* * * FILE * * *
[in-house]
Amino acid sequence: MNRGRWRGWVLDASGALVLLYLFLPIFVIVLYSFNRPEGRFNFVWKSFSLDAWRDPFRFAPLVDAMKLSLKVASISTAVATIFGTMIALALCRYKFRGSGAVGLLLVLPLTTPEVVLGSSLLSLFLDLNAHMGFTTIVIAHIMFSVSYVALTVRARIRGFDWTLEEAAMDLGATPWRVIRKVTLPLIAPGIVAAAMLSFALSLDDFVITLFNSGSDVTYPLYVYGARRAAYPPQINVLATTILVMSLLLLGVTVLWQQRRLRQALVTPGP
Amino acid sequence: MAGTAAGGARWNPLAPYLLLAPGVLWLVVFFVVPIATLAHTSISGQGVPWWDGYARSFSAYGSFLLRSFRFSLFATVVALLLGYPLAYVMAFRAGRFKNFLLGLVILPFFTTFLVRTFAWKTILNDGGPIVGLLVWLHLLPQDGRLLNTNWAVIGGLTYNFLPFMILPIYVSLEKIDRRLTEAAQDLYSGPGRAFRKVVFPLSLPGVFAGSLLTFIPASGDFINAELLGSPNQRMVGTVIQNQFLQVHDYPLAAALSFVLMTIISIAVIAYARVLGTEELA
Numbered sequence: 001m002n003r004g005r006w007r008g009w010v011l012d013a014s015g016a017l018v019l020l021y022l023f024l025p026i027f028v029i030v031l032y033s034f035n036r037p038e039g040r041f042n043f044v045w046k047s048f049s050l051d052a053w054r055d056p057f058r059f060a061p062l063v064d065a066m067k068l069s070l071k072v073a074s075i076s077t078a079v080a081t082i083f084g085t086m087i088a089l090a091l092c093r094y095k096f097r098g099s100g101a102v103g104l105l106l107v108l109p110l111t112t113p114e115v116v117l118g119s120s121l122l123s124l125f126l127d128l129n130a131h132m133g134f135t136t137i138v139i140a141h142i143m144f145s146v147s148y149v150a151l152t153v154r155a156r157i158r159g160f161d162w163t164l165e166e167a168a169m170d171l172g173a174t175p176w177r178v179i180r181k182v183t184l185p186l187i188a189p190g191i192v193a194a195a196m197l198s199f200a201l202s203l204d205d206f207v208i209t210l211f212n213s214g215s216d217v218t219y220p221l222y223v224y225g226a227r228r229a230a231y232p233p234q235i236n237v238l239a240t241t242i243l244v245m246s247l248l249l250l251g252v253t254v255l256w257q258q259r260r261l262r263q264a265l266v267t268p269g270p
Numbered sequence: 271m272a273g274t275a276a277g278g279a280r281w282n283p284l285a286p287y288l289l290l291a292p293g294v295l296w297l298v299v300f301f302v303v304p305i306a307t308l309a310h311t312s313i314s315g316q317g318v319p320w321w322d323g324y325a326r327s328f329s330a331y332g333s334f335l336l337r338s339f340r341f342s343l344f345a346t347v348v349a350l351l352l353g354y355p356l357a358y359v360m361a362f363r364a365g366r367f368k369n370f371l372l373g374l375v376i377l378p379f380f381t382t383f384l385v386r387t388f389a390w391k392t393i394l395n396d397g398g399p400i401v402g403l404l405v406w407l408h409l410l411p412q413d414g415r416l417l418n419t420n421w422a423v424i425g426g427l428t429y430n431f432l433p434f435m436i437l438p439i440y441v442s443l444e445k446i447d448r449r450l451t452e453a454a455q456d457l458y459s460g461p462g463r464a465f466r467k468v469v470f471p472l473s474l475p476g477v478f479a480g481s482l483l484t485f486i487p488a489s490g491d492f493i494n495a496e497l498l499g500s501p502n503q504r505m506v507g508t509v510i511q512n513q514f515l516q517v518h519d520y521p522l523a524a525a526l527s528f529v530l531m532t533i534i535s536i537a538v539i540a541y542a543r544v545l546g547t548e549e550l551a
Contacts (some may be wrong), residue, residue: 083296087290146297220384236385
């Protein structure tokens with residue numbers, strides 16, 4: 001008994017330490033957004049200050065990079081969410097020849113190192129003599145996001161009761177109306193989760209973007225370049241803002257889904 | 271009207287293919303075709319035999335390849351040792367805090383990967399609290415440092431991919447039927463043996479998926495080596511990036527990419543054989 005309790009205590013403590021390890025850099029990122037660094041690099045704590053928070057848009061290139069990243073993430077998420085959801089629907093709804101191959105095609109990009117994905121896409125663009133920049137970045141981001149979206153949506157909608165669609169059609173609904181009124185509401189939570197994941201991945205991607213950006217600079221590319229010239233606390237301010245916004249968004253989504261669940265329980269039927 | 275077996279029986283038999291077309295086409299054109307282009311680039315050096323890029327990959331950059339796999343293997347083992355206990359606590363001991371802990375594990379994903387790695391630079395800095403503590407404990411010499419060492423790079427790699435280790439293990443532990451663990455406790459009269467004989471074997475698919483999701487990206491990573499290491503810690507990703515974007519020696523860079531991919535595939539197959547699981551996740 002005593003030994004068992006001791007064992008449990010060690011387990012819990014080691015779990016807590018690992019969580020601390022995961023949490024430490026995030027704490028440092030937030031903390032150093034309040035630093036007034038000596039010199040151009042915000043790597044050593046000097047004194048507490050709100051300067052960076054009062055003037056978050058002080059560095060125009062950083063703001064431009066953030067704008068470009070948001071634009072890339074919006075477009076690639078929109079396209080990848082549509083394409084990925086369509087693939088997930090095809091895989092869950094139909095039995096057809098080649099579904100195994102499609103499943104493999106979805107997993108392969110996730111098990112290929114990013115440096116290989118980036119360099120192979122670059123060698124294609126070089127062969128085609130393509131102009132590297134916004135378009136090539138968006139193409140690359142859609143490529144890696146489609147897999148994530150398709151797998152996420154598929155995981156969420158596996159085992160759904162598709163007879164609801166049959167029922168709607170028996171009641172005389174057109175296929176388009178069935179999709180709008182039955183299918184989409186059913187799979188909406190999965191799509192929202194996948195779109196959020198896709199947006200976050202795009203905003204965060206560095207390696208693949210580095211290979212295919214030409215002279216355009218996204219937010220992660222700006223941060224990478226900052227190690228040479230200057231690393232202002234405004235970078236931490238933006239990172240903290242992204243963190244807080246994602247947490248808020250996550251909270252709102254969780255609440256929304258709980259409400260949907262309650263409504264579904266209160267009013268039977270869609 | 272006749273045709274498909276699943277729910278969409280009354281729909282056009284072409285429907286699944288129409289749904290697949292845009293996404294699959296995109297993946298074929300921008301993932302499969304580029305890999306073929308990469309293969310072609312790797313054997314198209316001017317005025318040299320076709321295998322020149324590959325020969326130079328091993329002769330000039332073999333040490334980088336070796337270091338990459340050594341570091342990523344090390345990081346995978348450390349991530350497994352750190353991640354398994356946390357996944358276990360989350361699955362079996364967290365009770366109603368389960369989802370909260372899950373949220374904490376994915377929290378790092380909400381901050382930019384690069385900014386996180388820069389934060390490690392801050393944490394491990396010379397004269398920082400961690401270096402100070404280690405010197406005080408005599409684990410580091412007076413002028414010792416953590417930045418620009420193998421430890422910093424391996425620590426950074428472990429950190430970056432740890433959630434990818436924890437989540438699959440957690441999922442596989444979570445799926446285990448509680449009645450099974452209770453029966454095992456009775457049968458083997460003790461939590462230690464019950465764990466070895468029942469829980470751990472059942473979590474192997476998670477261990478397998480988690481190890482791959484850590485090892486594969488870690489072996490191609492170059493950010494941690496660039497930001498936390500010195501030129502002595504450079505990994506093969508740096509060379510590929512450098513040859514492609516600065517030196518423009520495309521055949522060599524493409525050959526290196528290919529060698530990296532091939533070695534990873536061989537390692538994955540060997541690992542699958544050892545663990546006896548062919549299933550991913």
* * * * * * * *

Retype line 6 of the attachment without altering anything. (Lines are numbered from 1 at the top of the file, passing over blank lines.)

Contacts (some may be wrong), residue, residue: 083296087290146297220384236385